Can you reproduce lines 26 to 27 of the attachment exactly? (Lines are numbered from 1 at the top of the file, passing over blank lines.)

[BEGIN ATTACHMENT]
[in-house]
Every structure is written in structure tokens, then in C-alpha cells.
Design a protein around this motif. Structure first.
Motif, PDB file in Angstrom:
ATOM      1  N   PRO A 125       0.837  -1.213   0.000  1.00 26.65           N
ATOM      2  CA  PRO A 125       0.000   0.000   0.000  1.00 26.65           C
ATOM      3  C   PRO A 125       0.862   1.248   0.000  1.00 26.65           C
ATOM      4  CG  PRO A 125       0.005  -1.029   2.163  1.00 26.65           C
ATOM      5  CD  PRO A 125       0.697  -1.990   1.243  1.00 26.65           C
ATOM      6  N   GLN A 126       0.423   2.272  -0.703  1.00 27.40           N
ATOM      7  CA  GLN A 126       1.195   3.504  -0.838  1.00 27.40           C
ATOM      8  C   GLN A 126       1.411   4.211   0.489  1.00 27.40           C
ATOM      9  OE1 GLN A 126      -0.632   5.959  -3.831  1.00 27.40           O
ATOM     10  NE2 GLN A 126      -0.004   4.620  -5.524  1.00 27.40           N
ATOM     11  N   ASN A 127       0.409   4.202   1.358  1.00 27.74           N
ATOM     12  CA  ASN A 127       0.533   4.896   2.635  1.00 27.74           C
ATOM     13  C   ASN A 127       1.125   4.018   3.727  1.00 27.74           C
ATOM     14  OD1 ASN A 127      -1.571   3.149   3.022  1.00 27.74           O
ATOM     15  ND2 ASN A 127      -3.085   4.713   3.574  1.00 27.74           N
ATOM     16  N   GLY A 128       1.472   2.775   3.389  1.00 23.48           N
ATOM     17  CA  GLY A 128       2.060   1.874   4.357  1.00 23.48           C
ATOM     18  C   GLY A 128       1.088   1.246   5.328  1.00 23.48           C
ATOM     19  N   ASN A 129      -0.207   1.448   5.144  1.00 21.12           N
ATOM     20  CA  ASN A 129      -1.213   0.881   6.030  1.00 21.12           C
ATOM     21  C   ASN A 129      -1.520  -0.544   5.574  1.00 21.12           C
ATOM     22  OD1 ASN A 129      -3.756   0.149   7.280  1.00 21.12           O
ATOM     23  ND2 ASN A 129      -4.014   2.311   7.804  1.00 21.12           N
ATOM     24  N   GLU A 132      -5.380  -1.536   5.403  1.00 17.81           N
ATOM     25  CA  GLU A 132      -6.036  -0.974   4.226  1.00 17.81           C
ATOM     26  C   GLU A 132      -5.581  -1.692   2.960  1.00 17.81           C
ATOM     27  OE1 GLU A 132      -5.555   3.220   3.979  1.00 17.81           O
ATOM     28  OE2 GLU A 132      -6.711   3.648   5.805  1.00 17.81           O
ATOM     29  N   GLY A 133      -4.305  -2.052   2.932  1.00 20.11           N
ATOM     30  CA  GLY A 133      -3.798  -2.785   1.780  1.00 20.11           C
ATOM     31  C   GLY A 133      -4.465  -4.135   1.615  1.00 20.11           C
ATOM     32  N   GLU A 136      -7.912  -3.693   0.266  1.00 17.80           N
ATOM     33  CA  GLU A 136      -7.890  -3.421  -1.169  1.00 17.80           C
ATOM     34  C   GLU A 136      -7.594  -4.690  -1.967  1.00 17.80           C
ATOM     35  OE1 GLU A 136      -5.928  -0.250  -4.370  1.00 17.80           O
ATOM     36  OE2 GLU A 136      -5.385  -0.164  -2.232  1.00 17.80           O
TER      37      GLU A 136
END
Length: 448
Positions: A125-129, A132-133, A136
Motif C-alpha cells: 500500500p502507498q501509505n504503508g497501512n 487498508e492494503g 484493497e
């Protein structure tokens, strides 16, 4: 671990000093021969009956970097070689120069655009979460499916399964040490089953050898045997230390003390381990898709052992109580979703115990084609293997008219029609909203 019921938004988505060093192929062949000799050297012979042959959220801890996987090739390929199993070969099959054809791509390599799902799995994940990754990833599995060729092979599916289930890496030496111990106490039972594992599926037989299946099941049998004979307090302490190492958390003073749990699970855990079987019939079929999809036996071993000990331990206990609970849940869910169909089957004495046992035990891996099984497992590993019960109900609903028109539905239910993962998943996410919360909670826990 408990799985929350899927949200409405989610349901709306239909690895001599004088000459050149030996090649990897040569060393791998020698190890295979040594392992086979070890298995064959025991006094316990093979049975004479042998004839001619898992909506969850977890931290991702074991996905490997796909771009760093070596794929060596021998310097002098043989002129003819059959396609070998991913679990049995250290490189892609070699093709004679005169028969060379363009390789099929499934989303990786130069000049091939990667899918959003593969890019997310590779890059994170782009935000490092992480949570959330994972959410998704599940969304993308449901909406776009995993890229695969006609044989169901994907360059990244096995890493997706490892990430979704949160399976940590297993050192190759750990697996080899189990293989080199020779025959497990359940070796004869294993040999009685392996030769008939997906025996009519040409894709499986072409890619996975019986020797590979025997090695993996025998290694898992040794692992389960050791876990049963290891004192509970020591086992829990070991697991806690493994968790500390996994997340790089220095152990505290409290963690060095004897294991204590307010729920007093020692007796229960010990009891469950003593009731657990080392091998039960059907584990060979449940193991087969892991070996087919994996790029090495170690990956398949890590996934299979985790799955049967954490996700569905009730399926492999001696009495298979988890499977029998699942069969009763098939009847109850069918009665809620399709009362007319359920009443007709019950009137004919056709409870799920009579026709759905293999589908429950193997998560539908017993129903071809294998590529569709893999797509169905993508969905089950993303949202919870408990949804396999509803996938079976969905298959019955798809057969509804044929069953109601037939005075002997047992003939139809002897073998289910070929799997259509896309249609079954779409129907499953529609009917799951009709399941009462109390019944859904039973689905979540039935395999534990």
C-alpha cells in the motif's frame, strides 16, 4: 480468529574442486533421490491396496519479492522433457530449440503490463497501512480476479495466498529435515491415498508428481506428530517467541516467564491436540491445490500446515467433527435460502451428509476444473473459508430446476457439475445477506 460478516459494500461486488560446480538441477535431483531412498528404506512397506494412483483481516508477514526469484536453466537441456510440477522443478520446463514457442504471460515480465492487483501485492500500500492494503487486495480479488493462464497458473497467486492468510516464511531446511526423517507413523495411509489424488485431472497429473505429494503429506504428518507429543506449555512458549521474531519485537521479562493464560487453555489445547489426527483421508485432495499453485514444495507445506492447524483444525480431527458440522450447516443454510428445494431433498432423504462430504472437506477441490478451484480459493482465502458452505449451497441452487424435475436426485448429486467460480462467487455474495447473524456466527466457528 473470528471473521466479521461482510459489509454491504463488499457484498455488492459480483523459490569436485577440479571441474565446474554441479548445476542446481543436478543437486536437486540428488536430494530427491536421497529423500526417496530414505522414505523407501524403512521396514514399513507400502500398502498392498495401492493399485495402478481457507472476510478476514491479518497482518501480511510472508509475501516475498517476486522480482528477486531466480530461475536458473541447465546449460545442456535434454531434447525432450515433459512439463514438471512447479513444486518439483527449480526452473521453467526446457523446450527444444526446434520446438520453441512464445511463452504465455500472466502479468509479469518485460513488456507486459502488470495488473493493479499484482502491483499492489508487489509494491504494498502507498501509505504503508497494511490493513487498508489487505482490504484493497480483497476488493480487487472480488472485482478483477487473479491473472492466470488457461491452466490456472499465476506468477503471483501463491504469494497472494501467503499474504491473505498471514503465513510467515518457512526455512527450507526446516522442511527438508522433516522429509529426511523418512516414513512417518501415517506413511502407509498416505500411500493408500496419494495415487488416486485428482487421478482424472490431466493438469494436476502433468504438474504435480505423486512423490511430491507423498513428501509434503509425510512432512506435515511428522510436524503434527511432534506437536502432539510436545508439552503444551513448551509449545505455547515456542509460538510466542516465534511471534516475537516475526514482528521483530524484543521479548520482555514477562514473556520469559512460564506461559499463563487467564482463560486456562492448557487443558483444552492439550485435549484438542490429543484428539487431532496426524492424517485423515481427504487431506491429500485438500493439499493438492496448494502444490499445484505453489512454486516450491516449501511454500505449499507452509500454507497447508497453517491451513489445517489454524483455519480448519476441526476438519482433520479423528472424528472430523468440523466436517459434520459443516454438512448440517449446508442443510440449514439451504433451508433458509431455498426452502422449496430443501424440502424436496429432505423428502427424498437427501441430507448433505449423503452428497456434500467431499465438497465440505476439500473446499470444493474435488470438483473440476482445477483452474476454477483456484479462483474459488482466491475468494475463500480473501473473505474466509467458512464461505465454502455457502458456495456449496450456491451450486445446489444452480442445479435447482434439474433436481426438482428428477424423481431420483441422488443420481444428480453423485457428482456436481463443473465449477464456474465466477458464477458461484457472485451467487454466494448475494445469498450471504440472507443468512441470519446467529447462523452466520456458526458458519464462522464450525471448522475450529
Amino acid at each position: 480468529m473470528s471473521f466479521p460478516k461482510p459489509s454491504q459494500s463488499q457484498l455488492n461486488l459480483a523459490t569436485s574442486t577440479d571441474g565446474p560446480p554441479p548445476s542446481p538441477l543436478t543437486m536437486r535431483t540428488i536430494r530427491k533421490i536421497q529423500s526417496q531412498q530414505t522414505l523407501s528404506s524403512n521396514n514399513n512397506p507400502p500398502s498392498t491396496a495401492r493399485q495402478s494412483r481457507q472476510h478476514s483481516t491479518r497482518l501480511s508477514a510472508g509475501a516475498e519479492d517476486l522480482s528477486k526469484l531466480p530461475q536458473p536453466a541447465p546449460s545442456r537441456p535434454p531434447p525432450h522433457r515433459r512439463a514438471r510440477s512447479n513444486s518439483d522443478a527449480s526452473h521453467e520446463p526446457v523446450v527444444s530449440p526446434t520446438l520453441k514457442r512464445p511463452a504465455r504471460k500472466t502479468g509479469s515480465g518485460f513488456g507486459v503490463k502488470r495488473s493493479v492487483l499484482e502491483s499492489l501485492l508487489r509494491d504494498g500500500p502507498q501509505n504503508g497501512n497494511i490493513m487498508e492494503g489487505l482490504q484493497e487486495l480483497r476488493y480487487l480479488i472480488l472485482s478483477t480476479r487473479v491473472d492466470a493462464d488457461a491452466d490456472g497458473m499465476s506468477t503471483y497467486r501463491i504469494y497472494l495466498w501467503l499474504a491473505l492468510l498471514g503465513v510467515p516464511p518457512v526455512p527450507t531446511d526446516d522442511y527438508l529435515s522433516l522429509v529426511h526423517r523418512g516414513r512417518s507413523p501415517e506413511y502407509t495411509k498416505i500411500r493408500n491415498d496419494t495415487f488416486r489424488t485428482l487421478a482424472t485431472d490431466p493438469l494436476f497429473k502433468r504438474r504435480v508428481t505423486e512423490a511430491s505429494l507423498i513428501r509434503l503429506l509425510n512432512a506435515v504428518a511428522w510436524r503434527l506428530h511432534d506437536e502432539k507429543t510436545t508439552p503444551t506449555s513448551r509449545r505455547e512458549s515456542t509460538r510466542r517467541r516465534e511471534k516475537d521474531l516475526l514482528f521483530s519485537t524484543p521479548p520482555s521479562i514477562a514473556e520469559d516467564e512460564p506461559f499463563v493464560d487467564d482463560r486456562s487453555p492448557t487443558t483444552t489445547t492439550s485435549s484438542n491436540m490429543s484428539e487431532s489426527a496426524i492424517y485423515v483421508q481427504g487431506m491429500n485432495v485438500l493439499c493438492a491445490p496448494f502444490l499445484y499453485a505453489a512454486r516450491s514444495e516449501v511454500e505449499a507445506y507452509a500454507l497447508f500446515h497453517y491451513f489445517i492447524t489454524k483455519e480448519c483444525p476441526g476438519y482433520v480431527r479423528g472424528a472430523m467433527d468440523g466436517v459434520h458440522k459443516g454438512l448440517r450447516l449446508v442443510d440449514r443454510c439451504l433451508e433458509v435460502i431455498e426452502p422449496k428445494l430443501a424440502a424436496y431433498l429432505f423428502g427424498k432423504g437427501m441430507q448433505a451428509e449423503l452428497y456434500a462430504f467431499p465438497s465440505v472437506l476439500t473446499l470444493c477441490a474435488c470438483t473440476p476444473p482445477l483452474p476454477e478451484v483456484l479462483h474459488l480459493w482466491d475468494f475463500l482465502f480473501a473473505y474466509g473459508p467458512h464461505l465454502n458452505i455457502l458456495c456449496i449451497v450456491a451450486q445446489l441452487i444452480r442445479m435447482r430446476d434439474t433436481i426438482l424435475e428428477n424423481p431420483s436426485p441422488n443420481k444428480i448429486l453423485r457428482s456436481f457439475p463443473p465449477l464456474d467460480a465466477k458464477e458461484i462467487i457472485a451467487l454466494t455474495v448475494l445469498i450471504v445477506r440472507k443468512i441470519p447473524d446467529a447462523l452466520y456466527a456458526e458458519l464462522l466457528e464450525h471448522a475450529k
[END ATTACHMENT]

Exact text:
ATOM     22  OD1 ASN A 129      -3.756   0.149   7.280  1.00 21.12           O
ATOM     23  ND2 ASN A 129      -4.014   2.311   7.804  1.00 21.12           N